WAC Magazine

June | July 2014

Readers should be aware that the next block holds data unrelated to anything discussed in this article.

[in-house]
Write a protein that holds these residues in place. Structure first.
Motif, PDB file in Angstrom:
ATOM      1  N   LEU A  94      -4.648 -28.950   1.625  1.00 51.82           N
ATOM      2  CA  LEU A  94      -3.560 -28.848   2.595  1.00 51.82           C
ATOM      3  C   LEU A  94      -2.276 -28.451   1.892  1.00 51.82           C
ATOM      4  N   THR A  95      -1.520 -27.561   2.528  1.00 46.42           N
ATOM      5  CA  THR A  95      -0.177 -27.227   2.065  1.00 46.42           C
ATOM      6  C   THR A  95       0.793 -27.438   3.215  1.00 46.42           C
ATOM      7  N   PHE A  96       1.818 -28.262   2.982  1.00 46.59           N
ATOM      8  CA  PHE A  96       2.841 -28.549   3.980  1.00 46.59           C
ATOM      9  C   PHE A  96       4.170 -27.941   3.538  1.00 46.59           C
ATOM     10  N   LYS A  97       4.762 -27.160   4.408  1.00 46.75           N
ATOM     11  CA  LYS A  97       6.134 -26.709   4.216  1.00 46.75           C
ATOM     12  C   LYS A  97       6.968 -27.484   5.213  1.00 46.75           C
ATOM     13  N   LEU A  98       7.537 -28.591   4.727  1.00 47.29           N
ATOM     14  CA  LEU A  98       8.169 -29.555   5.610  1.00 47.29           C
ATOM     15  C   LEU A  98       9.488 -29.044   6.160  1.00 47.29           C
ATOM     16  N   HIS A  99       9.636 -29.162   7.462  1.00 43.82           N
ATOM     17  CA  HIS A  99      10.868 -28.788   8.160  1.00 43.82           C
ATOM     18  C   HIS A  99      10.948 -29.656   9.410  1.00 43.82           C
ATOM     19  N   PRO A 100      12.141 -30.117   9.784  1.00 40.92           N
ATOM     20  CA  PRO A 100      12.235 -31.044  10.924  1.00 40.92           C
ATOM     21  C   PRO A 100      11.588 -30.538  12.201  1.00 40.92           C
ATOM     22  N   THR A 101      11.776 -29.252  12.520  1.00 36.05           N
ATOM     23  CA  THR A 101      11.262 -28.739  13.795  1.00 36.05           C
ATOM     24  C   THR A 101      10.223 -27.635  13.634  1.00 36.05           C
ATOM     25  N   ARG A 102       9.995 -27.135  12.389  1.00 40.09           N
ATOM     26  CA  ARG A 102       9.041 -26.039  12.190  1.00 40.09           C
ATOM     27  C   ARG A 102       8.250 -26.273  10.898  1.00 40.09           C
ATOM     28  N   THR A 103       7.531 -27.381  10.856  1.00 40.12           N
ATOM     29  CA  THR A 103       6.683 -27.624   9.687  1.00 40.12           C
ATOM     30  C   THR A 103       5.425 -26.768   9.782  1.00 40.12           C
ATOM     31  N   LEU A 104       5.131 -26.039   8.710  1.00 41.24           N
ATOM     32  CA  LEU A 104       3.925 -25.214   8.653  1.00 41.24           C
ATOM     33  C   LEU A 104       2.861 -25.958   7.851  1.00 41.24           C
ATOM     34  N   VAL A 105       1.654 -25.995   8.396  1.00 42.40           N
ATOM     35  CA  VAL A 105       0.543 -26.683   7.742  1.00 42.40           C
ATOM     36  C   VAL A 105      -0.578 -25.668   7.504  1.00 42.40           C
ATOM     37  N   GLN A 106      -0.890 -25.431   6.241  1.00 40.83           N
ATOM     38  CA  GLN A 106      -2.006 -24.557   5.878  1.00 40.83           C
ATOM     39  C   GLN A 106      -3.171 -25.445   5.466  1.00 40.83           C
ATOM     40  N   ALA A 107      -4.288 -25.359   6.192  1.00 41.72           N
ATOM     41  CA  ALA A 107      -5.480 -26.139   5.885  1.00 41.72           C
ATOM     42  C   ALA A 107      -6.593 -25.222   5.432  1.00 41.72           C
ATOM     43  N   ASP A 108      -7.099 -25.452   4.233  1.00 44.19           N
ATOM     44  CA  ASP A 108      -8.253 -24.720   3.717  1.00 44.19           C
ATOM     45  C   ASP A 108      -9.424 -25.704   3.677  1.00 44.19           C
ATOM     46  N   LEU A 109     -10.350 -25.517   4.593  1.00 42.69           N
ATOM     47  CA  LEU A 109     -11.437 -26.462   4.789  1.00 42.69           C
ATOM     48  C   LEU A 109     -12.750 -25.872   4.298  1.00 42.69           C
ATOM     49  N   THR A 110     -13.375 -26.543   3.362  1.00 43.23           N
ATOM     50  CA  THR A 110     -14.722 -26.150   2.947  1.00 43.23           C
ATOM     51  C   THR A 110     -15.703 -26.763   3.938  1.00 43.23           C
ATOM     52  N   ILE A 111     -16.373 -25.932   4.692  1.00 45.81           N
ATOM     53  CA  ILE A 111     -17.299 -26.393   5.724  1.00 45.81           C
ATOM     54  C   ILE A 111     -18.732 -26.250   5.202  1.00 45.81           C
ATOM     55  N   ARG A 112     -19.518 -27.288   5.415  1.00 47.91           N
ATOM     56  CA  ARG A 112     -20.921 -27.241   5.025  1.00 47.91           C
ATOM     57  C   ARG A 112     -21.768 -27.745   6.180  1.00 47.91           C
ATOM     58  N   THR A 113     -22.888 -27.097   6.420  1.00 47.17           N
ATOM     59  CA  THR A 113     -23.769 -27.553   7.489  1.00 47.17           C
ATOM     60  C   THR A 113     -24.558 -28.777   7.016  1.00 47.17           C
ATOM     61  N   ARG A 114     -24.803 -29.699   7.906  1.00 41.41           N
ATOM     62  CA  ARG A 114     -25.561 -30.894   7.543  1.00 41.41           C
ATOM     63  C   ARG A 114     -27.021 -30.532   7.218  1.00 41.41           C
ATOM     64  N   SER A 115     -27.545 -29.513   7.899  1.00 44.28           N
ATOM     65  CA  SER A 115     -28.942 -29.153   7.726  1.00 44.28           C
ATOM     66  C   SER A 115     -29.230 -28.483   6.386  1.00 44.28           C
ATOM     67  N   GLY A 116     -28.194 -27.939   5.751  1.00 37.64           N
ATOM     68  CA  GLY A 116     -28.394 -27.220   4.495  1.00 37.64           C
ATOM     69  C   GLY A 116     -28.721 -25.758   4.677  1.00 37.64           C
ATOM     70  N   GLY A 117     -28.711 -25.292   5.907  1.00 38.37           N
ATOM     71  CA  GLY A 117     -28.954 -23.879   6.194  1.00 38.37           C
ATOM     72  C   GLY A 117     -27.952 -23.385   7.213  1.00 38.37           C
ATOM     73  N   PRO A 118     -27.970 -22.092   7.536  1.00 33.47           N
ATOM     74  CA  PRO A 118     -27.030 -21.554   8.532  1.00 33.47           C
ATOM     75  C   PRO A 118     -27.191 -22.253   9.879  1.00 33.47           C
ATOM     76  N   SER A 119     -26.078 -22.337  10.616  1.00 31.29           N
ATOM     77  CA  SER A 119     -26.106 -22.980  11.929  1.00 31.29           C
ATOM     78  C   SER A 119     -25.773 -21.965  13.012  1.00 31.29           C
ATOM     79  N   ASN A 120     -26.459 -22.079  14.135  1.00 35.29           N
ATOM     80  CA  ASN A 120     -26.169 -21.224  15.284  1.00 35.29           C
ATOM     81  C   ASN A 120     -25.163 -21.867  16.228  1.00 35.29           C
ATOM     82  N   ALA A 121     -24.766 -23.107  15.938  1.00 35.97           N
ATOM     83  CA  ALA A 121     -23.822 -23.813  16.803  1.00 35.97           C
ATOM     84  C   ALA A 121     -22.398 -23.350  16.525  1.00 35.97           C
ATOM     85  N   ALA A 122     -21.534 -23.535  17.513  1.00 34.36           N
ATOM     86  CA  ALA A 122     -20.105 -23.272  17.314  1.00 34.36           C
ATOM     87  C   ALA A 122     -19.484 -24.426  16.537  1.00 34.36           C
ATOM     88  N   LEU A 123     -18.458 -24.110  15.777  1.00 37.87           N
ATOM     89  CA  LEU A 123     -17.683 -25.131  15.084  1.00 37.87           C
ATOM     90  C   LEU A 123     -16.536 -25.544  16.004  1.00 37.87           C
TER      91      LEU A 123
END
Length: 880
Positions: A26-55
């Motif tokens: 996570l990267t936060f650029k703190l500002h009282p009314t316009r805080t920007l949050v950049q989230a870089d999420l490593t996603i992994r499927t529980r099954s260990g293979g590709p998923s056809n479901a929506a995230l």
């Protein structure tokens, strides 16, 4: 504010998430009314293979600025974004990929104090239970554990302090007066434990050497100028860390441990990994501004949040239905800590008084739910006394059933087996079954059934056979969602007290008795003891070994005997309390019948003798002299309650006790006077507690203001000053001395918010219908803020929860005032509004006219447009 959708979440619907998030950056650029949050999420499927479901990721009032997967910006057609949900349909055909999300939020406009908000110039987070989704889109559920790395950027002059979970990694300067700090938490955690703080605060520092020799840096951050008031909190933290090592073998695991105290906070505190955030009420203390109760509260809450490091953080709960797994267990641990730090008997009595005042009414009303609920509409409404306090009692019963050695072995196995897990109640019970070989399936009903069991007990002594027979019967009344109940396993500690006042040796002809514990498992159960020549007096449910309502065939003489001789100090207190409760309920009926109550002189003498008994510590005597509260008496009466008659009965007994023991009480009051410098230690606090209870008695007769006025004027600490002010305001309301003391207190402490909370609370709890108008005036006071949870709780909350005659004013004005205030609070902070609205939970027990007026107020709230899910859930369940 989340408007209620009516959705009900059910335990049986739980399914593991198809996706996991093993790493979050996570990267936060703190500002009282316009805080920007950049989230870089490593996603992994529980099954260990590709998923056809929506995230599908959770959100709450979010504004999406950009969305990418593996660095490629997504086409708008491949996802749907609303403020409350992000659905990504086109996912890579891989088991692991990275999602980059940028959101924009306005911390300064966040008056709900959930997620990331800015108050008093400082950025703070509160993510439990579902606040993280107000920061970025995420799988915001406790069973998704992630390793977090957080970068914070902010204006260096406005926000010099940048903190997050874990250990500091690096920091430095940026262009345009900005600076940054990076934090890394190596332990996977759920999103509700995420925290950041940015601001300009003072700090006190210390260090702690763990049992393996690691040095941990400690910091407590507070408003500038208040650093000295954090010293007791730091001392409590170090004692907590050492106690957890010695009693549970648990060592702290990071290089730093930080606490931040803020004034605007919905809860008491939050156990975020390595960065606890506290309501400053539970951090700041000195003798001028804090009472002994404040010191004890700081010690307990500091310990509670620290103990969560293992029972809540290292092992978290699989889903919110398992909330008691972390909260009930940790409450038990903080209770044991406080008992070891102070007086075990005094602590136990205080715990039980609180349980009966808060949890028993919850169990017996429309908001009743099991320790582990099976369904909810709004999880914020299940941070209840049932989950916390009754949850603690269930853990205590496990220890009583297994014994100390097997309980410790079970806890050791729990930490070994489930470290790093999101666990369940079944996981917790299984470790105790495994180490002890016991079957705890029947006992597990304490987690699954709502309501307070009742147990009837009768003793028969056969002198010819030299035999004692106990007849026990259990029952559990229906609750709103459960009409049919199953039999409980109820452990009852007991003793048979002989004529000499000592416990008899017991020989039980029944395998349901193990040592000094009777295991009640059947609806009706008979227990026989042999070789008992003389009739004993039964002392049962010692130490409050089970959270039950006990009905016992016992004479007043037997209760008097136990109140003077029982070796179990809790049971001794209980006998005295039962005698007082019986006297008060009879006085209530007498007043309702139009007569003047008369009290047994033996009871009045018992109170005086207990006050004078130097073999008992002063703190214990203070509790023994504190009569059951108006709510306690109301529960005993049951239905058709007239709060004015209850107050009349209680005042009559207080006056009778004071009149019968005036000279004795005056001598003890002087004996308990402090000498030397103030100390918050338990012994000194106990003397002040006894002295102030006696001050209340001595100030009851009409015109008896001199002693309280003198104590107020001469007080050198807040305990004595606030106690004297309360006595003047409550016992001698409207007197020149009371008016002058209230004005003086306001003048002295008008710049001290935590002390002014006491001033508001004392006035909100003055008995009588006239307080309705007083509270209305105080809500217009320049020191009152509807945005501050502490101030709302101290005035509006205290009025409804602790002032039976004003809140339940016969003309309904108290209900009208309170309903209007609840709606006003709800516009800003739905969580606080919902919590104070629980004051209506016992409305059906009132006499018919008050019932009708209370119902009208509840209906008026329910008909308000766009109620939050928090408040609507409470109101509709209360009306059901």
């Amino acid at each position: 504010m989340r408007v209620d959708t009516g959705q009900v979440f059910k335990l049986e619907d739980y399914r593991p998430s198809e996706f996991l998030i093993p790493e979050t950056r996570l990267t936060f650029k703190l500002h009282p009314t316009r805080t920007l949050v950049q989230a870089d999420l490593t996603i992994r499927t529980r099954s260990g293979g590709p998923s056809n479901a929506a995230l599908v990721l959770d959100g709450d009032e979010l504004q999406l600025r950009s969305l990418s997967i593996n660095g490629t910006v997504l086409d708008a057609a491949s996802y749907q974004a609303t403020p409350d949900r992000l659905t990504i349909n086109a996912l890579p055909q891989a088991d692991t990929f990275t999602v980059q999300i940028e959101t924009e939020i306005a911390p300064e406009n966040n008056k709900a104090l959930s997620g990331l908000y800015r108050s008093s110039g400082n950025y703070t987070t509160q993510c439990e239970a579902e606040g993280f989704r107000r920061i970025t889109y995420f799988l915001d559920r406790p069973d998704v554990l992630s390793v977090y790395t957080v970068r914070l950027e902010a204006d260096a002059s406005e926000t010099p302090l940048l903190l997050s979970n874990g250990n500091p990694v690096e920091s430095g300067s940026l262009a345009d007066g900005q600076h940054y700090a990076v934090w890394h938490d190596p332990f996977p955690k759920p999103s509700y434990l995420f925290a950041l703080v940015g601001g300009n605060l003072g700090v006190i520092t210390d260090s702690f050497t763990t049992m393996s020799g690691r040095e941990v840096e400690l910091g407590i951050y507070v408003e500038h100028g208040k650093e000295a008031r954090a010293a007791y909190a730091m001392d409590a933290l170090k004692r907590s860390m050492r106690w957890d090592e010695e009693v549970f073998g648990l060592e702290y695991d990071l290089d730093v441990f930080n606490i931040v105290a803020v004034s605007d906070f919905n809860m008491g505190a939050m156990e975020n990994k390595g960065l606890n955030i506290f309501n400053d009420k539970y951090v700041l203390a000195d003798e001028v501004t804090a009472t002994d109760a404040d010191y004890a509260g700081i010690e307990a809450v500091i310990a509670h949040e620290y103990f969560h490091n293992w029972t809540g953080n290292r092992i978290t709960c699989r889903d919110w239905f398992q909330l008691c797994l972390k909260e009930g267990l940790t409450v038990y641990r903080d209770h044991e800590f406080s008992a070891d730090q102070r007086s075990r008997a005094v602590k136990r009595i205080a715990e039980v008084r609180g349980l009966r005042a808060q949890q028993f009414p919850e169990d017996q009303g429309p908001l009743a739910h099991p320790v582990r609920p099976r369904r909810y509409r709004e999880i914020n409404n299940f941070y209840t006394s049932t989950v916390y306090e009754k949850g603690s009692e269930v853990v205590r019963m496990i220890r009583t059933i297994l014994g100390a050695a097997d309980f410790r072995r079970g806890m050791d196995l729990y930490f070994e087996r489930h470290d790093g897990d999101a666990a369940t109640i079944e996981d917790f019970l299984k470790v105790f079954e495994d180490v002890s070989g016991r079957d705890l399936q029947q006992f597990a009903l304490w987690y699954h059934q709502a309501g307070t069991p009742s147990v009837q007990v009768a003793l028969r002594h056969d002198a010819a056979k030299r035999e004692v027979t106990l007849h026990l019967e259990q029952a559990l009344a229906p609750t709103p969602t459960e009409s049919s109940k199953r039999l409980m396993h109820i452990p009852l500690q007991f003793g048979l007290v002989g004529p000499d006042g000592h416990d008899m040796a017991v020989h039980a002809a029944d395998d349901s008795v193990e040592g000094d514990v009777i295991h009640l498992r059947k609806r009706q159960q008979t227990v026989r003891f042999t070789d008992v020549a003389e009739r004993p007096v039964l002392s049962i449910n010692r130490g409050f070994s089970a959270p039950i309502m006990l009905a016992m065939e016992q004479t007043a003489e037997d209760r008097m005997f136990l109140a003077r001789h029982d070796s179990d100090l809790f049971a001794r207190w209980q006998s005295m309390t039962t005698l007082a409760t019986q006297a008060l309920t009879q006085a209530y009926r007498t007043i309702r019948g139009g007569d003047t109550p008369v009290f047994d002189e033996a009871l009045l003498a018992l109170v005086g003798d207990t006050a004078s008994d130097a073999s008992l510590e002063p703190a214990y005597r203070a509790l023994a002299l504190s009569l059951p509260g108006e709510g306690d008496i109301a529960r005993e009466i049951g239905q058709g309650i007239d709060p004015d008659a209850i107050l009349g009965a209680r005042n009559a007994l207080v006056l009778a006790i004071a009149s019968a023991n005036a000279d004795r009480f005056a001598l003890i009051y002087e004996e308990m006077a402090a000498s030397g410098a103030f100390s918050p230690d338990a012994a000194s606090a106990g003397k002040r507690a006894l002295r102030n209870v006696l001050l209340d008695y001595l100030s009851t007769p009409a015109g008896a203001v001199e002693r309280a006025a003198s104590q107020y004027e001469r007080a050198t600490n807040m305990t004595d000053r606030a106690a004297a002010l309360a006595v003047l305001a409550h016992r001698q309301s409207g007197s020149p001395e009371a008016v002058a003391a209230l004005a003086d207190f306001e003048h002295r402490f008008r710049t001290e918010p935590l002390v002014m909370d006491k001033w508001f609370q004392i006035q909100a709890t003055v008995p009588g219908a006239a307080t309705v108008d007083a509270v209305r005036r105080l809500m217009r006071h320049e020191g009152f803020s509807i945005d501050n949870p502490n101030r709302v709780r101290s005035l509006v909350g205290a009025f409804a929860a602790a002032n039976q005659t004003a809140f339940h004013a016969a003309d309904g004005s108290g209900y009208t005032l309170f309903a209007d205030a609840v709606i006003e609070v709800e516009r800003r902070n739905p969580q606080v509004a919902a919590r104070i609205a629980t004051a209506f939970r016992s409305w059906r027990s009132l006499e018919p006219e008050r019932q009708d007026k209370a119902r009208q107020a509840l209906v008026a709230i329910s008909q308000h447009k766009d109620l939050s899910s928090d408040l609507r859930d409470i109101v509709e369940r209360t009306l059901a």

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24 | Washington Athletic Club Magazine | JUNE / JULY 2014 W hen it comes to getting ready for competition, your mental preparation means more than you might realize. I often call this the "game within the game." If you have been a competitive athlete at all in your life, you can probably recall a time when your mental state caused you to perform better or worse. What you might not realize, however, is that you can achieve peak performance more consistently through mental preparation. As a sport psychology consultant and mental trainer, I often ask athletes to consider the best and the worst games they ever played. After they've done this, I ask them what they think the differences were between the two. Was the other team flat-out better, more fit, or coached by a genius? Almost always, the answer is none of those things. Instead, people often look internally. Talking about their worst performances, they point to anxiety, fear, or a lack of focus. e words differ, but the meaning is essentially the same: It was a "mental thing." My next question is this: How much time do you spend practicing the mental game? Whether we're talking about sports or business or personal affairs, if your answer to this question is "no time at all," then it's time to rethink your approach. Wellness By Mike Margolies, Sport Psychology Consultant I 'm not a swimmer, but one of the most valuable presentations I ever attended was delivered by swimmer Matt Biondi on the deck of Helene Madison Pool here at the WAC. Do you remember that name? Matt won five gold medals in the 1988 Summer Olympics. He was the Michael Phelps of his day. Matt came to the Club to give a clinic to our master swimmers. Before he got in the water, he spelled out for the group those mental qualities he'd learned and mastered that enabled him to have the success he did. He went on to make the point that after mastering these qualities for his swimming career, he knew he had a skill set that would translate into success with other future endeavors. He was a magnificent speaker and had everyone on the deck hanging on his every word. Sport psychology consultant and author Mike Margolies also under- stands the importance of the mental component of sports performance. In this issue's Wellness article, Mike outlines the five mental skills that can help everyone improve their game and their life. Tamela Thomas, Wellness Manager tamelat@wac.net 206.464.4639 What it takes to succeed Win the mental game How to prepare your mind for competition and success

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